Brooke Allen was a late talker who blossomed into a young vocalist.
Despite demonstrating speech delays as a toddler, the Newport Beach resident couldn't wait to turn 5 — the minimum age requirement for Young Singers of Orange County — so she could be just like her older sister, Bailey.
Now 7 and 12, respectively, the two are enthusiastic members of the choir, which offers music education and performing opportunities for youths across the county.
"It was really nice to see [Brooke] sing and develop that confidence," said Lauren Allen, the girls' mother. "Now you wouldn't ever know that she started speaking late.
"Bailey is shy, but when she's up on stage, it's like she's another person. So it's been a really good outlet for them to express themselves, feel comfortable and sing for other people and make them smile."
On Jan. 11, the sisters will join the choir as it partners with Chapman University's a capella ensemble SoundCheck. The day will begin with a two-hour workshop followed by lunch and a campus tour, which Young Singers' co-directors Issy Leustig of Fountain Valley and Sophie Smith of Newport Beach hope will encourage older students to seriously investigate a college education. Both groups will take the stage at 4 p.m. for a concert benefiting YSOC.
Samantha Smith, Sophie's older sister, started YSOC as her senior project at the now-defunct Orange Coast Middle College High School in September 2009. It developed into a nonprofit later that year. Now it is a reputed program for children that focuses on music, self-esteem and public service, and it recently won first place at the TEDx Orange Coast Teen Challenge.
"I was excited to introduce the world of music to kids, and I'd also recognized a long time ago that you could give back to the community in a number of ways, even just by singing a song," said Samantha Smith, 21, who is now a senior at Vassar College. "I was frustrated by the lack of enthusiasm from elementary schools and the school district for the after-school enrichment program I was teaching for.
"I was also frustrated by fellow high school students who complained about fulfilling the community service requirement to graduate high school, and I vowed to try and show how cool it could be to as many kids as possible so they could carry that mentality for the rest of their lives."
And it worked.
Youths from Yorba Linda, Santa Ana and elsewhere, who have faced cuts in their schools' arts courses or want to build upon their music education, have found their way to YSOC. Together, they've performed at elderly care centers, hospitals and food drives, pursuing their interests while learning that money isn't a prerequisite to contributing to society.
YSOC members were at Costa Mesa City Hall's Snoopy House on Dec. 23 to perform Christmas songs and sell hot chocolate and cider. The group was easy to notice and not only because each person wore a matching green shirt. The sense of camaraderie was palpable as some stood with arms linked, others shared a laugh and the younger girls sat on the laps of or stared up adoringly at their older counterparts.
Kendall Whitney-Vazquez, 14, and her sisters Hadley, 10, and Rilyn, 5, and brother, Curran, 12 — the choral group's only boy — are recent additions. The siblings are home-schooled, so YSOC has been a vital source of friendship and growth.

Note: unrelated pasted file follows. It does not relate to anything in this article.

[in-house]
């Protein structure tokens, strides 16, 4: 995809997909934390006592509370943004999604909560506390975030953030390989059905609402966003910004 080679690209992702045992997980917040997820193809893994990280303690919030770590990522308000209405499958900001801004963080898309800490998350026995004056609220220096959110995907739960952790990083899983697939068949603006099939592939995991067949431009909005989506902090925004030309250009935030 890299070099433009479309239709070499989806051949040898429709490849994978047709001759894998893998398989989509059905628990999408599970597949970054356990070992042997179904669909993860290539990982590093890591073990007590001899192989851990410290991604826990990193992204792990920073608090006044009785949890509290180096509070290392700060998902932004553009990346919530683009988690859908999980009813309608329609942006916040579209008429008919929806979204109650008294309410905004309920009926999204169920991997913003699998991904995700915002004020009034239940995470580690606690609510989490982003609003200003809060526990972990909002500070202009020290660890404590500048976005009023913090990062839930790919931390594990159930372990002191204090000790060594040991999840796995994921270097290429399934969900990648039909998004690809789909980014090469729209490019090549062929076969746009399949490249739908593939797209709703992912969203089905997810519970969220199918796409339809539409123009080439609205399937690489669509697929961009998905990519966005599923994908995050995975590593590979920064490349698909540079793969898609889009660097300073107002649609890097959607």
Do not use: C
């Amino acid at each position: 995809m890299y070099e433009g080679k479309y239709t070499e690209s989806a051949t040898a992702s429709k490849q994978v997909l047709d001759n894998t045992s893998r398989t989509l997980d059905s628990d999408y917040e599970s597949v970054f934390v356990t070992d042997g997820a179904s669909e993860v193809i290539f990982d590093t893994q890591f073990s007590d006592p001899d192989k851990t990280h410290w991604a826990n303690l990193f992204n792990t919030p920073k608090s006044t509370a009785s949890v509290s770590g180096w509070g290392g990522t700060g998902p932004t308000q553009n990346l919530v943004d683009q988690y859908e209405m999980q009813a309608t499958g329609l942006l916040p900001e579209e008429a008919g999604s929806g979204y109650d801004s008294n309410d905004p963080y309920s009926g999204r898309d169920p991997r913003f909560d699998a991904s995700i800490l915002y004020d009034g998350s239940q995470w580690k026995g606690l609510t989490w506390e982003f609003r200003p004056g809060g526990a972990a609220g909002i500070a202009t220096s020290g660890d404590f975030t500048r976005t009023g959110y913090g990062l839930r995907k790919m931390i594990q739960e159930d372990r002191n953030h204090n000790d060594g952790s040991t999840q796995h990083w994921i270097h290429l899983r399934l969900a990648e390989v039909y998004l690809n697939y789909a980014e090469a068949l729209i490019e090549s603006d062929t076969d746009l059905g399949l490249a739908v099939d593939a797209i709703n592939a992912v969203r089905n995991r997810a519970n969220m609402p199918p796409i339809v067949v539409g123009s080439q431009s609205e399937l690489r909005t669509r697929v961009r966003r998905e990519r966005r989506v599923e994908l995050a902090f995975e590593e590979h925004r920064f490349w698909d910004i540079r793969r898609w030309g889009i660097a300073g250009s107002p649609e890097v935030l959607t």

"They make it a lot of fun," Kendall said. "It's such a wonderful atmosphere to be in because they're really supportive."
The overall experience is further enhanced by the encouragement of members to offer input about the songs and even the accompanying hand motions, Hadley remarked.
"It's important to help people and help kids when they don't have homes or food," Rilyn chimed in, agreeing with her sisters about the importance of generosity and getting firsthand exposure to all sorts of situations. "At the retirement center, [some people] said, 'Can you come again?' or 'Can you stay with me?' We went [to the residents] and hugged everybody."
Having grown in scope, YSOC is also adding a master class program. Professional musicians from around Orange County will be invited to talk to the singers so they can learn about different genres and see that a hobby today could one day become a full-time career. Toward this end, it has also teamed up with a capella groups from Yale and Brown universities, USC and UCLA.
According to Dominique Stewart, president of SoundCheck, the singing group has earned a following on campus. It was a desire to reach out to the community that brought it face-to-face with YSOC.
"Music has changed all of our lives in some fashion or another," Stewart said. "We wanted to make sure it can do the same for kids like them as well."
In past years, YSOC has earned between $500 and $1,000 at such fundraisers and up to $2,000 at shows assisting relief efforts in Haiti and the Philippines as well as the American Cancer Society. The choir hopes to raise at least $1,000 at the upcoming event.
"YSOC is the highlight of my week, and I have found that as I teach the children, my self-confidence has improved, along with my confidence in singing and public speaking," Sophie said. "The greatest satisfaction, however, comes from seeing that same self-confidence evolve in a child, who came in clinging to their parent and who now has no fear performing on a stage with bright lights and a microphone."
If You Go
What: SoundCheck and Young Singers of Orange County concert
Where: Chapman University's Irvine Lecture Hall, 1 University Drive, Orange
When: 4 to 6 p.m. Jan. 11
Cost: Advance purchase on YSOC website: $10; premium seating $15; children and students $5. At the door: adults $15; children and students $10; Chapman students $5